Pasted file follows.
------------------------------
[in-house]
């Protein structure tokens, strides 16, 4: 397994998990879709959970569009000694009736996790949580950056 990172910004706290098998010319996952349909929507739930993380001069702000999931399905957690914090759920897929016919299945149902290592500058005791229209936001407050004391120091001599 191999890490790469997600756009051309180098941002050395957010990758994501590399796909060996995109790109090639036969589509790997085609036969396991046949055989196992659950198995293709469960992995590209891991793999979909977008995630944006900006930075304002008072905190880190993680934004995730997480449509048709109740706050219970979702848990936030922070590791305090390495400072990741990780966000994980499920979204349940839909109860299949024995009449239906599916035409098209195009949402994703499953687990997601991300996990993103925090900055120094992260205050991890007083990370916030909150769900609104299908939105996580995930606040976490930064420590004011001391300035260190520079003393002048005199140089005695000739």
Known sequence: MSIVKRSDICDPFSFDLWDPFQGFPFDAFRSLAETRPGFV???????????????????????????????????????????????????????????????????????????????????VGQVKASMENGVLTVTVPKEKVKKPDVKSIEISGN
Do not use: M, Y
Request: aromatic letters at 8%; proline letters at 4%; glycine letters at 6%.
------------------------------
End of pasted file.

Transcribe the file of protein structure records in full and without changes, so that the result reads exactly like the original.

[in-house]
């Protein structure tokens, strides 16, 4: 397994998990879709959970569009000694009736996790949580950056 990172910004706290098998010319996952349909929507739930993380001069702000999931399905957690914090759920897929016919299945149902290592500058005791229209936001407050004391120091001599 191999890490790469997600756009051309180098941002050395957010990758994501590399796909060996995109790109090639036969589509790997085609036969396991046949055989196992659950198995293709469960992995590209891991793999979909977008995630944006900006930075304002008072905190880190993680934004995730997480449509048709109740706050219970979702848990936030922070590791305090390495400072990741990780966000994980499920979204349940839909109860299949024995009449239906599916035409098209195009949402994703499953687990997601991300996990993103925090900055120094992260205050991890007083990370916030909150769900609104299908939105996580995930606040976490930064420590004011001391300035260190520079003393002048005199140089005695000739």
Known sequence: MSIVKRSDICDPFSFDLWDPFQGFPFDAFRSLAETRPGFV???????????????????????????????????????????????????????????????????????????????????VGQVKASMENGVLTVTVPKEKVKKPDVKSIEISGN
Do not use: M, Y
Request: aromatic letters at 8%; proline letters at 4%; glycine letters at 6%.